Bad Movies Done Right — The Butterfly Effect

Every day Robert Saucedo shines a spotlight on a movie either so bad it’s good or just downright terrible. Today: Dude, where are my memories?

The Butterfly Effect blew my mind when I first saw it my freshman year of college. A series of escalating tragedies and shocking imagery centered on a novel portrayal of time travel, even Ashton Kutcher’s overblown acting couldn’t ruin the impact the film had on me.

The film starred Kutcher as Evan, a young man who discovers he has the ability to mentally time travel, transporting his brain into younger versions of his body. Using this newfound ability, Evan attempts to play God, changing the past in hopes of a better future. As time travel logic dictates, though, Evan’s attempts at fudging around with time travel lead to disastrous results.

A life-long fan of time travel movies, I was taken in by the film’s unflinching portrayal of reality gone amuck due to muddling around with the time-space continuum. The depiction of random acts of pet arson, pedophilia, child-on-child violence and sitcom star paraplegia in a mainstream film shocked me enough that I instantly respected the movie.

Watching the movie again five years later, tough, I’m disappointed to find that the film did not age well.

What was shocking back then, unfortunately now comes off as kind of silly. Viewing the film with my nitpickers firmly attached, I was distracted by huge plot holes and disparities in film logic.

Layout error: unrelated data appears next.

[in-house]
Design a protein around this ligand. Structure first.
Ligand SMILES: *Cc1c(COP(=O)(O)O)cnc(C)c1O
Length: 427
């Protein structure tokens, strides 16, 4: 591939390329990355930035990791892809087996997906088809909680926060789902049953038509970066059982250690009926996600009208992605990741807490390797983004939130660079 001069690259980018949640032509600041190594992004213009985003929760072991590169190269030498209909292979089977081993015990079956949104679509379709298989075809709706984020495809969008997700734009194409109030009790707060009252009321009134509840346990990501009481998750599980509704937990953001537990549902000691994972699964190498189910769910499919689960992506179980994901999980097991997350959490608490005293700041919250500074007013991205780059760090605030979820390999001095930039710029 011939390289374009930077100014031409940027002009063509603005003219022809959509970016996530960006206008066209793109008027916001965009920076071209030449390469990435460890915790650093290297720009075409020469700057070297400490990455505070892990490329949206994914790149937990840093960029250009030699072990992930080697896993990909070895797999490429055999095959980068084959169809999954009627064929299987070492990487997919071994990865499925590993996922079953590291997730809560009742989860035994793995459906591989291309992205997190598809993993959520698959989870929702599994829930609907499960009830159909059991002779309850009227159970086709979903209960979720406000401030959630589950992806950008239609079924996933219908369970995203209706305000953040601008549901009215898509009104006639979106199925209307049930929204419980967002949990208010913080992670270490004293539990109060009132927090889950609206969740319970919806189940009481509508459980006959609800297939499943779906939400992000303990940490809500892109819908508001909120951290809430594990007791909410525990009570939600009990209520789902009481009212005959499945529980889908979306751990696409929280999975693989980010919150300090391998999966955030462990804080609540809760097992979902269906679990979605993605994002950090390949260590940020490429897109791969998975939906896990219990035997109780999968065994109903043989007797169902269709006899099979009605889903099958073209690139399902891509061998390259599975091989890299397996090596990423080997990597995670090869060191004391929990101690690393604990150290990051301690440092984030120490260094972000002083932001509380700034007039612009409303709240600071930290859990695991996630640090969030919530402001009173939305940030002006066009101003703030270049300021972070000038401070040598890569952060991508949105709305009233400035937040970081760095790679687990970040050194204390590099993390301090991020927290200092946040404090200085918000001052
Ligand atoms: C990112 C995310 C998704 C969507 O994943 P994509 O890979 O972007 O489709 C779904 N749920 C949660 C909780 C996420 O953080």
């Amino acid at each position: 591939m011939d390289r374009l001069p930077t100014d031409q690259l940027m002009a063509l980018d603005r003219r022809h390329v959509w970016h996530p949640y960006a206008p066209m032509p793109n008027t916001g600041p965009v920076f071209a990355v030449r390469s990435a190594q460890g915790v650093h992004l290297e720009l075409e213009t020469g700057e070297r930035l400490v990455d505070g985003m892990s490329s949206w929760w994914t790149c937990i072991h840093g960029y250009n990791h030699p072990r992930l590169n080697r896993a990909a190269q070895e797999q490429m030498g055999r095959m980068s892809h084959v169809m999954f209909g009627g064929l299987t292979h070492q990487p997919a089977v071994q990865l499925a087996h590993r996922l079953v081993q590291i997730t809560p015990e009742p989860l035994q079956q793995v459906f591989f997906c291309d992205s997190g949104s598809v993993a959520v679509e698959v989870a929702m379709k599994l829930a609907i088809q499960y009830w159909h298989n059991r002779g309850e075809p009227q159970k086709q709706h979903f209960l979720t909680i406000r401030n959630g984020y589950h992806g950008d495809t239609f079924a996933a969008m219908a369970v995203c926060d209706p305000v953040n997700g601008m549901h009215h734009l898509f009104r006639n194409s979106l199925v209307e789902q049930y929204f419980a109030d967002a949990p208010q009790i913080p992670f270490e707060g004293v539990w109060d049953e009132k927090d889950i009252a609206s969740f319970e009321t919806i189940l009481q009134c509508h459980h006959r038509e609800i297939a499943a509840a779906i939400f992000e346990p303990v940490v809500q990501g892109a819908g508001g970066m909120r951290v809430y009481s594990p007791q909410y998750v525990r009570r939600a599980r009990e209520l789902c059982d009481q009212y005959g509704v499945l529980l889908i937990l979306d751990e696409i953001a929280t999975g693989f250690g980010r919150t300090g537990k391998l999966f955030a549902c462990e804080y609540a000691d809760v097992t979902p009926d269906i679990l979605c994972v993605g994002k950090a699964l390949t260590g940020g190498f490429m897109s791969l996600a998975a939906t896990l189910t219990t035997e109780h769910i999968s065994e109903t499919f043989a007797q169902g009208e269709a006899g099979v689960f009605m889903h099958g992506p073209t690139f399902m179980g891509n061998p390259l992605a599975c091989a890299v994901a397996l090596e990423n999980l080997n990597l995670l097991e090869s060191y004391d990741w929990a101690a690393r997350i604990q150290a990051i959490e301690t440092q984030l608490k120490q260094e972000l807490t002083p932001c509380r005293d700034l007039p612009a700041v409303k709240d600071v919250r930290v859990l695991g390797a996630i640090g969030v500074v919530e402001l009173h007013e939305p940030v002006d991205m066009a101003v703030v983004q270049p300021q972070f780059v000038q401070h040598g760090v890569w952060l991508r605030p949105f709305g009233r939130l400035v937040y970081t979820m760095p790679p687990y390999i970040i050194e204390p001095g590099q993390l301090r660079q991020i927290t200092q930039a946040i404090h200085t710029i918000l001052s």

I did learn a thing or two.

Time travel films are made and broken by their adherence to the rules they set forth in depicting time travel. I don’t care if you’re traveling back in time via glowing balls, sucking vortexes or Victorian steampunk machines, if you set a rule in your film regarding time travel you had better stick to it.

Time travel movies such as The Butterfly Effect can teach us a lot about life and keeping promises. Much like time travel movies can hit a brick wall if they don’t stick to their proverbial guns, an unsteady grasp on our own principals can lead us into a path as perilous as depicted in the film. Without strong morals and an ability to stand behind them, you too may find yourself minus a couple of arms and wheelchair bound because you thought it would be fun to blow up a mailbox with a stick of dynamite.

The other thing I learned from re-watching The Butterfly Effect was that while you should always stick to your principals, you don’t necessarily need to stick to your race.

When the filmmakers needed a Hispanic to play a gangbanging religious prisoner in The Butterfly Effect did they turn to any number of talented working Latino actors?

No, they hired Kevin Durand, a Caucasian Canadian, slapped some tanning solution on his skin and told him to don a borderline offensive accent.

And you know what? It worked.

Kevin Durand, a man of a thousand races.

Kevin Durand, a man of a thousand races.

Recipe for a vato: wife beater, beanie and mustache.

Recipe for a vato: wife beater, beanie and mustache.

When I first saw the film five years ago, I had no idea that “Carlos,” Ashton Kutcher’s prison cellmate wasn’t really a Hispanic. Durand did a mighty fine job of adopting another race.

So remember, stick to your guns but don’t be afraid to slap on some blackface if you’ve always really wanted to be a brotha.

Robert Saucedo hopes its not offensive to use the word “brotha.” Follow him on Twitter @robsaucedo2500.

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